In Just Between Us, the friendship between four suburban women deepens when they believe one of them is being abused.

They step up and band together to encourage her to leave her husband and to get help. She refuses. Then one night, tragedy comes to them all as they are caught up in keeping a dreadful secret that will lead to so much more danger than any of them could have imagined.

At what cost will they keep protecting their friend? Will they discover that there is so much more to her story, and will they all finally pay the price?

So many twists along the way kept me reading and hoping for a good outcome. The story has multiple narrators, and sometimes I lost track of whose voice I was reading, but I could not put the book down. 4.5 stars.

***

REVIEW: FRIENDS & STRANGERS, BY J. COURTNEY SULLIVAN

 

Elisabeth, an accomplished journalist and new mother, is struggling to adjust to life in a small town after nearly twenty years in New York City. Alone in the house with her infant son all day (and awake with him much of the night), she feels uneasy, adrift. She neglects her work, losing untold hours to her Brooklyn moms’ Facebook group, her “influencer” sister’s Instagram feed, and text messages with the best friend she never sees anymore. Enter Sam, a senior at the local women’s college, whom Elisabeth hires to babysit. Sam is struggling to decide between the path she’s always planned on and a romantic entanglement that threatens her ambition. She’s worried about student loan debt and what the future holds. In short order, they grow close. But when Sam finds an unlikely kindred spirit in Elisabeth’s father-in-law, the true differences between the women’s lives become starkly revealed and a betrayal has devastating consequences.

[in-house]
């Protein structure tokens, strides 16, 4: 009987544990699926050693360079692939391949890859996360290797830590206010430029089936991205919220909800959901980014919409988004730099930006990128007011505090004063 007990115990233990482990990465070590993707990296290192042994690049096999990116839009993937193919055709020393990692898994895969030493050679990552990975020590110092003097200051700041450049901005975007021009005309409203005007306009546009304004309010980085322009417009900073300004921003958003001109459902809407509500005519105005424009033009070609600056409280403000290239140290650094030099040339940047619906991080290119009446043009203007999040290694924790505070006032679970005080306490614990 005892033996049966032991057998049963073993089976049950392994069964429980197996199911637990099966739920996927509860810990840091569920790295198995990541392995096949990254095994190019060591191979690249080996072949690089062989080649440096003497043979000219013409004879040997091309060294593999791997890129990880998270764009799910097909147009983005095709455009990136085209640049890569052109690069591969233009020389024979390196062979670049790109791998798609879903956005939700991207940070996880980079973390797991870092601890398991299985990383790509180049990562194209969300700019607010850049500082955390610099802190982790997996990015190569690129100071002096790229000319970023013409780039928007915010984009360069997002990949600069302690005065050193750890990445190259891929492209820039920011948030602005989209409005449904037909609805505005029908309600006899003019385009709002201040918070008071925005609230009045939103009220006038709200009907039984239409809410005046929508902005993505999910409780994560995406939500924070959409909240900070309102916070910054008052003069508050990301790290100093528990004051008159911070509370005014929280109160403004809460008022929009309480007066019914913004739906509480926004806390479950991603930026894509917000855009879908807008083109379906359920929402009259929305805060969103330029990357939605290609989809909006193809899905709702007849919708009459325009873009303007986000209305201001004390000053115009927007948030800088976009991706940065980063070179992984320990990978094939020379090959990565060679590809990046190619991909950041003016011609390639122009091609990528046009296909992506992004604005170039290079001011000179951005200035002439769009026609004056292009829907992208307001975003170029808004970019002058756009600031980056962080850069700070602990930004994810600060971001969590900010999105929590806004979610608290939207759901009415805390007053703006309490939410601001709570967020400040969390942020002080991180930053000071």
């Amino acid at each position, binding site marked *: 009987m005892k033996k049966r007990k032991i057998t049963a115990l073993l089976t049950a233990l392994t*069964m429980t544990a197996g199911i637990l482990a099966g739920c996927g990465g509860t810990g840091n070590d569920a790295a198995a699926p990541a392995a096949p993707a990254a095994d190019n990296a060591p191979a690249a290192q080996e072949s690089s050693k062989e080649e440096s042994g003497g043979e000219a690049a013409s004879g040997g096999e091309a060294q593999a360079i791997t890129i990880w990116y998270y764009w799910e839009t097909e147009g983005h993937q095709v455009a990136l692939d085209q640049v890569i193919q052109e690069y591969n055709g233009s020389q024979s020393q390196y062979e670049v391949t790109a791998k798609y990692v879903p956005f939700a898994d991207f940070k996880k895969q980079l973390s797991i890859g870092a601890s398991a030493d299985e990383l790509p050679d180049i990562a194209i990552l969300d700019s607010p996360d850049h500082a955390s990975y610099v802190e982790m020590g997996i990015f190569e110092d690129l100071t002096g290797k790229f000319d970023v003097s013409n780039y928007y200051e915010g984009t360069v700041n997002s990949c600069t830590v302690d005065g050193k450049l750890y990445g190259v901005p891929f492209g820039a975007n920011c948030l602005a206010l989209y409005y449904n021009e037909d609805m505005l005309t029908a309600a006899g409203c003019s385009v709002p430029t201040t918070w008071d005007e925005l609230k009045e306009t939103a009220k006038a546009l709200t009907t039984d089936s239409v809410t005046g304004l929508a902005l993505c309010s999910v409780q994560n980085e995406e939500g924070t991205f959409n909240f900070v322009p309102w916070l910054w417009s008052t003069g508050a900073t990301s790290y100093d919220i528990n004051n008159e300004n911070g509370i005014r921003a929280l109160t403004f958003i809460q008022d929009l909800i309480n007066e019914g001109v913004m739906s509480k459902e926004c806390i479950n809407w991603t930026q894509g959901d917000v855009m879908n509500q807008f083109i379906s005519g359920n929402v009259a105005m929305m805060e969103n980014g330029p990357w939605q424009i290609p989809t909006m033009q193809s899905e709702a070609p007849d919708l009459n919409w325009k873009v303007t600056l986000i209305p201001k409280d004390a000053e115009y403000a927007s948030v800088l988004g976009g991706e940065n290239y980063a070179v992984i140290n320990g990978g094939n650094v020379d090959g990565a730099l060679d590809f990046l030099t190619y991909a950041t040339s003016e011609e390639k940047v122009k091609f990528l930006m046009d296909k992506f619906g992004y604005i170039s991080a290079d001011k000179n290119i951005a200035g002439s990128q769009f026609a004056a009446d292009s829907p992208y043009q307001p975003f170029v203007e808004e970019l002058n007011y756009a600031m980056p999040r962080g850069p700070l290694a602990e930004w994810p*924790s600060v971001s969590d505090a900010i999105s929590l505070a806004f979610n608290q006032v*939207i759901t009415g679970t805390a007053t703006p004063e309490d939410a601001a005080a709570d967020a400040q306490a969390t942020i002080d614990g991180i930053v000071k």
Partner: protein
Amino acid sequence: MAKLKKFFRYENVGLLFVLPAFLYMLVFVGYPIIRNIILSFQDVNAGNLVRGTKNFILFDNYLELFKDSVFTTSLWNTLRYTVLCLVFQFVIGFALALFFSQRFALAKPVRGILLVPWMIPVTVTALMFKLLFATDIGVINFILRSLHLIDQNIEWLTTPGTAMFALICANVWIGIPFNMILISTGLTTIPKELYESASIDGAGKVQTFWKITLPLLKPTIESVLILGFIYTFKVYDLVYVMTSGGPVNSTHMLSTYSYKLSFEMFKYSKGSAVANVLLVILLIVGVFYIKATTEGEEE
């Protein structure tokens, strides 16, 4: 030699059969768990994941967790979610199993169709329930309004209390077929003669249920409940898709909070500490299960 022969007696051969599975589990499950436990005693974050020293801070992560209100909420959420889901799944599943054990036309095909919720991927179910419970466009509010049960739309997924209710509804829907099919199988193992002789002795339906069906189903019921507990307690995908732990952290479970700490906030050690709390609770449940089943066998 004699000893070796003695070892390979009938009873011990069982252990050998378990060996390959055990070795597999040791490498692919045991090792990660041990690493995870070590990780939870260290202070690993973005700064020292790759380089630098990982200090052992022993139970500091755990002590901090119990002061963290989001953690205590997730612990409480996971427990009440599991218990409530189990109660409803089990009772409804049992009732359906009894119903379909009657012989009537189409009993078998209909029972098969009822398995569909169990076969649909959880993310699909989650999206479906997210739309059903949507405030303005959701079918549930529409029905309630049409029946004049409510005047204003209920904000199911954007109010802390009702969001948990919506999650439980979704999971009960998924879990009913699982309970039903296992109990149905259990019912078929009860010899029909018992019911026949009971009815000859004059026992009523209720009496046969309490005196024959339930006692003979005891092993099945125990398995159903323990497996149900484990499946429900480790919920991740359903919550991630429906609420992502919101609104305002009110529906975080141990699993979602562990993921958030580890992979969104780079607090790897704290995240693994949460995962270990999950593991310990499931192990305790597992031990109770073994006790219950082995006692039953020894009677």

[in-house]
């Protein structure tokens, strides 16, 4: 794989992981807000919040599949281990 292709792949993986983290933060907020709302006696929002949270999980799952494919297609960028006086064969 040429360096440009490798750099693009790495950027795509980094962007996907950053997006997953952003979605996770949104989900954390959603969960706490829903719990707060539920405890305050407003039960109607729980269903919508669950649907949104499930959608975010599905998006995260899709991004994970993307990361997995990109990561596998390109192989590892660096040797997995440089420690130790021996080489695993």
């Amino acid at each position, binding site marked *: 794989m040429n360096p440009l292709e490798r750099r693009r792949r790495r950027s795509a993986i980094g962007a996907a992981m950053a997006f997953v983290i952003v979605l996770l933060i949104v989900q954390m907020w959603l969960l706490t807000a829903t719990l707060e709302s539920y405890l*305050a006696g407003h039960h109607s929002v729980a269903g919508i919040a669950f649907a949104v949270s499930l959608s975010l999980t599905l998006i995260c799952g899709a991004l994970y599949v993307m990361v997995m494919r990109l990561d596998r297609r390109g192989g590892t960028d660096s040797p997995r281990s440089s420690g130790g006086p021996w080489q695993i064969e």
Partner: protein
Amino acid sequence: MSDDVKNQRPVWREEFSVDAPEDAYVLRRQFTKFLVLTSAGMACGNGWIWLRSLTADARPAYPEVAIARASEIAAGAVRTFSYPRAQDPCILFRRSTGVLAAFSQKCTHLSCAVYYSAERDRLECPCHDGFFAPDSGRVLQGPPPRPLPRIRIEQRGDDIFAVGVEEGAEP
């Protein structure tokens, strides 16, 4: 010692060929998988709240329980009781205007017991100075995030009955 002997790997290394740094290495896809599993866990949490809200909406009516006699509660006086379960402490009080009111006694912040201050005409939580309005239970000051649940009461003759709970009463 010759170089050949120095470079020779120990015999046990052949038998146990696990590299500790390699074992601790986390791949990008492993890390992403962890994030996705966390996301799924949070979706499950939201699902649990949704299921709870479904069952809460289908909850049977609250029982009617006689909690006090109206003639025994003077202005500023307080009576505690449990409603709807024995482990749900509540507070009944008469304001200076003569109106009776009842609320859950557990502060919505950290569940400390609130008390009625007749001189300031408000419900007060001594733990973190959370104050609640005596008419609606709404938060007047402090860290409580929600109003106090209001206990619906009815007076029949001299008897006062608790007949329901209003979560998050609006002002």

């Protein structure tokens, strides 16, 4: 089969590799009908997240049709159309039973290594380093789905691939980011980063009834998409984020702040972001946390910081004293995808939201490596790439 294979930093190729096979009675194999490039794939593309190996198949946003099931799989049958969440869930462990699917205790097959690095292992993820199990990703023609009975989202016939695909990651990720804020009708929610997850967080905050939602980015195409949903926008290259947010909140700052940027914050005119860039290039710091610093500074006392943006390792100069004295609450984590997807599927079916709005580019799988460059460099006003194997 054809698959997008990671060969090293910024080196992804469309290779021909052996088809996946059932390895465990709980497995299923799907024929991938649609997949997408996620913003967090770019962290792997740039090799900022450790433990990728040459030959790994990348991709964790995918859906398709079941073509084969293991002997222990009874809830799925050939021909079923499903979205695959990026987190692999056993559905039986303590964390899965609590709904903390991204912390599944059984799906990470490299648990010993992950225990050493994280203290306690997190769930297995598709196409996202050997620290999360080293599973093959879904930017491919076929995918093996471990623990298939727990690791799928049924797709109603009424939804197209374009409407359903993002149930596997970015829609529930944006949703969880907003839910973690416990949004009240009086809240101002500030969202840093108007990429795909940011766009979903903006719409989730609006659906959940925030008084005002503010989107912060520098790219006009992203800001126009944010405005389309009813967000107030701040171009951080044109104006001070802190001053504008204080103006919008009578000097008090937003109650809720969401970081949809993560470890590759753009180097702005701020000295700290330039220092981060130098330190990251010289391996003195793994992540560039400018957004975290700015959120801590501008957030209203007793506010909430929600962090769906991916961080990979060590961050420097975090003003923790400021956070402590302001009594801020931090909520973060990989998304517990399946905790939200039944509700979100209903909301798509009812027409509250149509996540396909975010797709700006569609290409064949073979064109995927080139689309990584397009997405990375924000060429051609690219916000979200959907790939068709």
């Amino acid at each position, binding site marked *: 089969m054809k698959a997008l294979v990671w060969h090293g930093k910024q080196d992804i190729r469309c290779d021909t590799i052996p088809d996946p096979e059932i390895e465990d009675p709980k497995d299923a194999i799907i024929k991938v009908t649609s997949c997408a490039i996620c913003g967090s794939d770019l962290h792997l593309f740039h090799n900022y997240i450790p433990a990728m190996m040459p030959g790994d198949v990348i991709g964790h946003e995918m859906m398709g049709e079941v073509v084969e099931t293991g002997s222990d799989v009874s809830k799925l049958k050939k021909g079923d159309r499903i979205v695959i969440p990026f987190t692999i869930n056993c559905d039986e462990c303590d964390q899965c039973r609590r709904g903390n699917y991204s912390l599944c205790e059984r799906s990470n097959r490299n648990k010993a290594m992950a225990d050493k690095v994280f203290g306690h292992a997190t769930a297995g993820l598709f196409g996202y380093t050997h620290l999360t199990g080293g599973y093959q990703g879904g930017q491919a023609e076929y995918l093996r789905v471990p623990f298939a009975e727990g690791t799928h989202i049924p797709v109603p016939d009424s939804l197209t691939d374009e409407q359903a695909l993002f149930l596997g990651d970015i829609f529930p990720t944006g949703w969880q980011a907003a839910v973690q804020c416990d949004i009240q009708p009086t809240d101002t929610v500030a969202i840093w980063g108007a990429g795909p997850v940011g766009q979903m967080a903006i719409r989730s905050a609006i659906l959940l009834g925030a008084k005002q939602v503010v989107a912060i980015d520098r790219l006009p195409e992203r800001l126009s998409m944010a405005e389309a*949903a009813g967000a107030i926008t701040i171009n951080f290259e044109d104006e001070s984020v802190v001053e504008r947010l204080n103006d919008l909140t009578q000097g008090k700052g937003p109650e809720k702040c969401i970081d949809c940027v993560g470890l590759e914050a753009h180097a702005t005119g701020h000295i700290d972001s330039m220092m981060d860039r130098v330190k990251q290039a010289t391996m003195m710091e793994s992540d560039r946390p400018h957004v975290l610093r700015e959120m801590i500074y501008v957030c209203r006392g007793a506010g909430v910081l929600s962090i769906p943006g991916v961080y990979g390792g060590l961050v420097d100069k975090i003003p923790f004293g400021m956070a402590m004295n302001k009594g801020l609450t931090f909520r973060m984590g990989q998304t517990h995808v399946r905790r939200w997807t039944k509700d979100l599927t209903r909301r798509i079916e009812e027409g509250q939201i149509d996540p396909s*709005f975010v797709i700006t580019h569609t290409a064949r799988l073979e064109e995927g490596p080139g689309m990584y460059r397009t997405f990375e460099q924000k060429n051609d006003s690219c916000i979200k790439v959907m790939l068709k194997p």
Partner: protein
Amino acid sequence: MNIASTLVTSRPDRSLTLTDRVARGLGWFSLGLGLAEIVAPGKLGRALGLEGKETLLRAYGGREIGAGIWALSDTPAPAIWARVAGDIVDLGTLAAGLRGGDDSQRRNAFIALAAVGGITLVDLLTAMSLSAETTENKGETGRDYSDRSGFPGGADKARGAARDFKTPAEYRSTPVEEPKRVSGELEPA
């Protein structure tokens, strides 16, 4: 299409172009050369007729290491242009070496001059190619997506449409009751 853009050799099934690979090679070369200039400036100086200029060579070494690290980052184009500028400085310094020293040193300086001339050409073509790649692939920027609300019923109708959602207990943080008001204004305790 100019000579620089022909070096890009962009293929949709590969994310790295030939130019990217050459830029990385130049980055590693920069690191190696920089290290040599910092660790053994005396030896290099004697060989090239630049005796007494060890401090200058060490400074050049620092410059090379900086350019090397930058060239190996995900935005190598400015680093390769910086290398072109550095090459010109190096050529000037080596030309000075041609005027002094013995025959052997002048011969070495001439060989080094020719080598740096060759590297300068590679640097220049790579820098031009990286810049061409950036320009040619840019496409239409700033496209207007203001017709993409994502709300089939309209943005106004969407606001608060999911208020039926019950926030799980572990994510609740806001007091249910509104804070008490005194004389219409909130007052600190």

A masterful exploration of motherhood, power dynamics, and privilege in its many forms, Friends and Strangers reveals how a single year can shape the course of a life.


I loved the primary characters in Friends and Strangers, and how their connection started during one difficult year when each of the two women was exploring major changes in their lives. Their relationship morphs to one of friendship, but will they cross lines along the way?

Elisabeth is still struggling with whether or not to have another child, something she doesn’t really want, but she doesn’t have the courage to openly confront her feelings and the possible ramifications.

Sam is in a love relationship that is seemingly fraught and possibly inappropriate, but her need to move into her adult life with everything “sorted,” like she believes Elisabeth’s life has been settled, propels her into decisions that may upend her life and her plans in unexpected ways.

By the end, the crossed lines will ultimately change everything, but is it possible that what they meant to each other will have changed them in positive ways, too?